I'm kind of tired of having been using loosely defined JSON-HTTP interfaces for many years and when I discovered gRPC last year it looked exactly what I was looking for.  I would love to start using it in production as soon as possible so I decided to play with it for a while first and explain how it went.

I will split my comments about gRPC in two posts. This first one about what is gRPC and what advantages provide and the next one on how to use it in our applications.

gRPC embraces the RPC paradigm where the APIs are defined as actions receiving some arguments and replying with a response.  Initially it feels like going 10y back when we started to use SOAP and similar technologies but we have to admit that is much simpler to map those primitives to our client and server code (for example no url path mapping) and it is more strict and explicit on what can and cannot be done for each operation and that usually makes the system more robust.

In gRPC you define your interfaces (methods, arguments and results) in an IDL using the protocol buffers format.   This definition is used to generate the server and client code automatically.   The serialization of the calls is done using the binary protobuf format too.  This makes the communication efficient and the protocol extensible being able to use all the features available in protobuf (for example composition or enum types).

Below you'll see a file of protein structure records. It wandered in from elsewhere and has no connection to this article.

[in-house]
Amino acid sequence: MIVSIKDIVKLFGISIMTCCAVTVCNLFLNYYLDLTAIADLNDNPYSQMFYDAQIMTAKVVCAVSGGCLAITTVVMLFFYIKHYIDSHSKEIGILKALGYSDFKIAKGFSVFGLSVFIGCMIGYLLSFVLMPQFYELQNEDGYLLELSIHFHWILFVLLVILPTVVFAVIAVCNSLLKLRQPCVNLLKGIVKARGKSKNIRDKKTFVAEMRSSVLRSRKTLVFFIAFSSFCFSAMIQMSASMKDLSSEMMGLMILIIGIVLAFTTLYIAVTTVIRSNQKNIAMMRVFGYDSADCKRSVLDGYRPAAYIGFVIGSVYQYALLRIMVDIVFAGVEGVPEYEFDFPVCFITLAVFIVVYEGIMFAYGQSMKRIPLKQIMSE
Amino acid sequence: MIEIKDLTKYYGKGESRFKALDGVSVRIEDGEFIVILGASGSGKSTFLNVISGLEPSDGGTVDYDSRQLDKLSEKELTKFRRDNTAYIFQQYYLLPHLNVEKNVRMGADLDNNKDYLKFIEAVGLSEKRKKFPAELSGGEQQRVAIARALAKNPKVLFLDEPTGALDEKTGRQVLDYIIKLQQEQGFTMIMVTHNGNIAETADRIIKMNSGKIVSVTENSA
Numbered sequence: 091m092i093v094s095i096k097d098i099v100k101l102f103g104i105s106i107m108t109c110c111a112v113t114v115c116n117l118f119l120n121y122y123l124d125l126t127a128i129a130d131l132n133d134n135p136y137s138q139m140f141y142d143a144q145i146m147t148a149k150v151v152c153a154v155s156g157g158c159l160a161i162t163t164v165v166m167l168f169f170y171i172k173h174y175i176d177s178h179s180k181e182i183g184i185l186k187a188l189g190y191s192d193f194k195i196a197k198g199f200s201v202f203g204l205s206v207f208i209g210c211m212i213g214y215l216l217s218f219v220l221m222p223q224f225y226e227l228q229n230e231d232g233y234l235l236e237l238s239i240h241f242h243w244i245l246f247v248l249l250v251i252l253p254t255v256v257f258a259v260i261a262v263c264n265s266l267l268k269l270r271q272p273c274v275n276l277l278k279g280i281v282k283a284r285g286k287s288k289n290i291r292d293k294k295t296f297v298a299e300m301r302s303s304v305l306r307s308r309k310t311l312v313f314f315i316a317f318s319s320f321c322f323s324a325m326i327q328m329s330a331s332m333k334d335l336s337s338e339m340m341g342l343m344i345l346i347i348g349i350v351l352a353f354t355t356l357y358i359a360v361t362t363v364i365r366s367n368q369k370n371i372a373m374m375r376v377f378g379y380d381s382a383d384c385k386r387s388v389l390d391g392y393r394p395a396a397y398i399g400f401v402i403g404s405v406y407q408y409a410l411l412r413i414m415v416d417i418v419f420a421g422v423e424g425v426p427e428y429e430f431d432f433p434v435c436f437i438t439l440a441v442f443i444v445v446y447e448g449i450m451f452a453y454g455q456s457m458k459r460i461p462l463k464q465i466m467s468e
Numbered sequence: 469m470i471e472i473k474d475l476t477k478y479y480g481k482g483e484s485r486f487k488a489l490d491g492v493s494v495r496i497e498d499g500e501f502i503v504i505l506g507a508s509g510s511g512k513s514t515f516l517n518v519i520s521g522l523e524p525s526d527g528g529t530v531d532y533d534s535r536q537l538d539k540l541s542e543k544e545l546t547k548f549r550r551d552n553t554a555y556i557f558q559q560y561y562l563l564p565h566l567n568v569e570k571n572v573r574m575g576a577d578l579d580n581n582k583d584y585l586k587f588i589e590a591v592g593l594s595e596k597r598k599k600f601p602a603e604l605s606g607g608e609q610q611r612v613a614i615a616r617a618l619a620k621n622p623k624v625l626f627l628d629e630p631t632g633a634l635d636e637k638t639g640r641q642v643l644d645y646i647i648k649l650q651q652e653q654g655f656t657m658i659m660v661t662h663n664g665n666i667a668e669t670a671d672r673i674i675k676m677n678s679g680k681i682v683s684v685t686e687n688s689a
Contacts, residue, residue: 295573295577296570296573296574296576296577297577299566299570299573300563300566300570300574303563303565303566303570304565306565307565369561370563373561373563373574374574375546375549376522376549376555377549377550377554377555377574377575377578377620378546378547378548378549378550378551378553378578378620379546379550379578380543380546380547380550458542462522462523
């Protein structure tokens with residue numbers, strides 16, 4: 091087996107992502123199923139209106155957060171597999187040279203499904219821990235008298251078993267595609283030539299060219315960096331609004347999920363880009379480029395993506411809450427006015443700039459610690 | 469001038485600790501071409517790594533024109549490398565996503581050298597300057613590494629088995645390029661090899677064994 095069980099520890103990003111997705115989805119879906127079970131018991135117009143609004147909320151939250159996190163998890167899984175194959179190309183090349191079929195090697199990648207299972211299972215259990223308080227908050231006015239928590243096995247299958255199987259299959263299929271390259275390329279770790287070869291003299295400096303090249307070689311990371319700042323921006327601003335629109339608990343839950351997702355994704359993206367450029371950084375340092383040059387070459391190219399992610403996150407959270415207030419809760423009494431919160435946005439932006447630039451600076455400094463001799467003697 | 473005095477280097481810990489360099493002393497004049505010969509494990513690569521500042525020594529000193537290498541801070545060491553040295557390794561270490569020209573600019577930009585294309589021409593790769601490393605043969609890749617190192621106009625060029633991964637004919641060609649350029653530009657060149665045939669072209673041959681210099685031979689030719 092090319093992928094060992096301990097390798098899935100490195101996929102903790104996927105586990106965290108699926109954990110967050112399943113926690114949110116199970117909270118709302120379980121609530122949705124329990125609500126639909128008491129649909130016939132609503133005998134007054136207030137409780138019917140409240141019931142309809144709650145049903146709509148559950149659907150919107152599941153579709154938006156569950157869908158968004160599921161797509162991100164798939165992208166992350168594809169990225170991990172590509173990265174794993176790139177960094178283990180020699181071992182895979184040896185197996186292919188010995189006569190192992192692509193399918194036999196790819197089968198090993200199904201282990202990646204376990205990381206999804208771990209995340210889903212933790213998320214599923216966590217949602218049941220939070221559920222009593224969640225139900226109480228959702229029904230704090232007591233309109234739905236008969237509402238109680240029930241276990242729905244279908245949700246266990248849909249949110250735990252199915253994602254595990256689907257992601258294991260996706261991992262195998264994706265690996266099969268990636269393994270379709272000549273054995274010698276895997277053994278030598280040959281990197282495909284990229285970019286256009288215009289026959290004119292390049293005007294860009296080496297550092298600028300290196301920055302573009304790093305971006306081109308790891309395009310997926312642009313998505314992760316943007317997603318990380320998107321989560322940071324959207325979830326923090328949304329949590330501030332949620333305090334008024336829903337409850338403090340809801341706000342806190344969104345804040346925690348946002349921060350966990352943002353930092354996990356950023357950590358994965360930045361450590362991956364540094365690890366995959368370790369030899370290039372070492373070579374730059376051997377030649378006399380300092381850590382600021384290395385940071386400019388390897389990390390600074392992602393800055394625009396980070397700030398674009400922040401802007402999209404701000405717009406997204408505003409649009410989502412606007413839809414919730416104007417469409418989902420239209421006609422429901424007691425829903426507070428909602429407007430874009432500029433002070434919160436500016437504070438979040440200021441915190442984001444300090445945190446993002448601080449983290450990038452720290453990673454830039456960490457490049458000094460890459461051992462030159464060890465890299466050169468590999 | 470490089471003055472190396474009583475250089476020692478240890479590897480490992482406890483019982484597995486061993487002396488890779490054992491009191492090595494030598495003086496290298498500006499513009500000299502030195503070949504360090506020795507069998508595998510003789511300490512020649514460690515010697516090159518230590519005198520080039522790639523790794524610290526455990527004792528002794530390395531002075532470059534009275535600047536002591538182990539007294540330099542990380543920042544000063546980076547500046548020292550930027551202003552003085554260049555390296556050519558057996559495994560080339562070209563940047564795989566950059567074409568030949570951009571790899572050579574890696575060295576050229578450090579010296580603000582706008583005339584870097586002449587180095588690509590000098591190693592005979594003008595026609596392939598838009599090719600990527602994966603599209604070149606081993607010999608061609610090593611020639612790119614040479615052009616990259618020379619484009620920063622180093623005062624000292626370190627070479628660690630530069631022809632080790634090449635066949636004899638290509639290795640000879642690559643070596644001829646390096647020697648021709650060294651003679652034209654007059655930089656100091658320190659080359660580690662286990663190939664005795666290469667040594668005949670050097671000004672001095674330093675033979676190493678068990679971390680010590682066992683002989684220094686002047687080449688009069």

Two of the advantages of this approach are automatic code generation and schema validation.  That can also be done in the "traditional" REST interfaces, but it is more tedious, less efficient and in my experience much easier to make mistakes when you add new features or refactor the code.

The communication in gRPC is based on HTTP2 transport.  This provides all the advantages of the new HTTP version (multiplexing, streaming, compression) while at the same time allows you to keep using existing HTTP infrastructure (nginx or other load balancers for example).

Another special feature of gRPC is the streaming support that is very convenient for some APIs these days.    With gRPC you are able to send a (potentially infinite) sequence of arguments to the server and receive a sequence of results from it.   That is very useful to implement applications more responsive where data can be processed and displayed even if part of it is still not ready.    It is also very useful for APIs based on notifications like in case of a chat application for example.

When compared with other IPC frameworks like Finagle (disclaimer, i'm a fan of it) gRPC is still missing important features client side load balancing (although it is wip) and some other goodies like circuit breakers, retries or service discovery.   In the mean time people is implementing those features on top of the framework.

The other missing piece is browsers support.  Even if there is support for many languages including Javascript, the browsers limitations make it not possible to implement a gRPC compatible web client nowadays.   The community is working on an extension of the protocol to support browsers and in the mean time the only solution seem to be the grpc-gateway proxy that generates a JSON-HTTP to gRPC proxy based on the IDL of the service with some extra annotations.